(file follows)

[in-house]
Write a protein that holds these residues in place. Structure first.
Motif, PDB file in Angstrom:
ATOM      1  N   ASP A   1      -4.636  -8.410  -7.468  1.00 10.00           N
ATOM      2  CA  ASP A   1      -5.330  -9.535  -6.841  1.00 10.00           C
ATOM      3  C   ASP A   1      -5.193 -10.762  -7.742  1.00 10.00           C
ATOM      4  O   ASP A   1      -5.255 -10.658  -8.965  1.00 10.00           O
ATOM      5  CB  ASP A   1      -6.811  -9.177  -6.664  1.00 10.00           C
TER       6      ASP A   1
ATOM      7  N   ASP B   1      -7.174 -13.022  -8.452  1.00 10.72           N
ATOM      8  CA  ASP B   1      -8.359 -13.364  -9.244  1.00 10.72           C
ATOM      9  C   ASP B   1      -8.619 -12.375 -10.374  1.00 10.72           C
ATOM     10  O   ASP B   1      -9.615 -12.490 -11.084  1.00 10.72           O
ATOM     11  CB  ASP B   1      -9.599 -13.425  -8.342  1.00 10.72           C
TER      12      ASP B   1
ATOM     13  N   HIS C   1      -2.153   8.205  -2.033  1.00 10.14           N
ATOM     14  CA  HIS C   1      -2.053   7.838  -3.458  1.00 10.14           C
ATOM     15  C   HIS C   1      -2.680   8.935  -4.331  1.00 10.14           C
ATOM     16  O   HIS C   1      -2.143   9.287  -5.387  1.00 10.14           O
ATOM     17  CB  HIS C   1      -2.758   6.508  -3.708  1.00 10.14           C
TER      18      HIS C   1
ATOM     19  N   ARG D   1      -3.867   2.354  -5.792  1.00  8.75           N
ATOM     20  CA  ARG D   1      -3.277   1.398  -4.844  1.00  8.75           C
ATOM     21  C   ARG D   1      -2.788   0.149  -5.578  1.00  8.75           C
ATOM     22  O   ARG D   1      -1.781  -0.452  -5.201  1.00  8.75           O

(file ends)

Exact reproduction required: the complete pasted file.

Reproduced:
[in-house]
Write a protein that holds these residues in place. Structure first.
Motif, PDB file in Angstrom:
ATOM      1  N   ASP A   1      -4.636  -8.410  -7.468  1.00 10.00           N
ATOM      2  CA  ASP A   1      -5.330  -9.535  -6.841  1.00 10.00           C
ATOM      3  C   ASP A   1      -5.193 -10.762  -7.742  1.00 10.00           C
ATOM      4  O   ASP A   1      -5.255 -10.658  -8.965  1.00 10.00           O
ATOM      5  CB  ASP A   1      -6.811  -9.177  -6.664  1.00 10.00           C
TER       6      ASP A   1
ATOM      7  N   ASP B   1      -7.174 -13.022  -8.452  1.00 10.72           N
ATOM      8  CA  ASP B   1      -8.359 -13.364  -9.244  1.00 10.72           C
ATOM      9  C   ASP B   1      -8.619 -12.375 -10.374  1.00 10.72           C
ATOM     10  O   ASP B   1      -9.615 -12.490 -11.084  1.00 10.72           O
ATOM     11  CB  ASP B   1      -9.599 -13.425  -8.342  1.00 10.72           C
TER      12      ASP B   1
ATOM     13  N   HIS C   1      -2.153   8.205  -2.033  1.00 10.14           N
ATOM     14  CA  HIS C   1      -2.053   7.838  -3.458  1.00 10.14           C
ATOM     15  C   HIS C   1      -2.680   8.935  -4.331  1.00 10.14           C
ATOM     16  O   HIS C   1      -2.143   9.287  -5.387  1.00 10.14           O
ATOM     17  CB  HIS C   1      -2.758   6.508  -3.708  1.00 10.14           C
TER      18      HIS C   1
ATOM     19  N   ARG D   1      -3.867   2.354  -5.792  1.00  8.75           N
ATOM     20  CA  ARG D   1      -3.277   1.398  -4.844  1.00  8.75           C
ATOM     21  C   ARG D   1      -2.788   0.149  -5.578  1.00  8.75           C
ATOM     22  O   ARG D   1      -1.781  -0.452  -5.201  1.00  8.75           O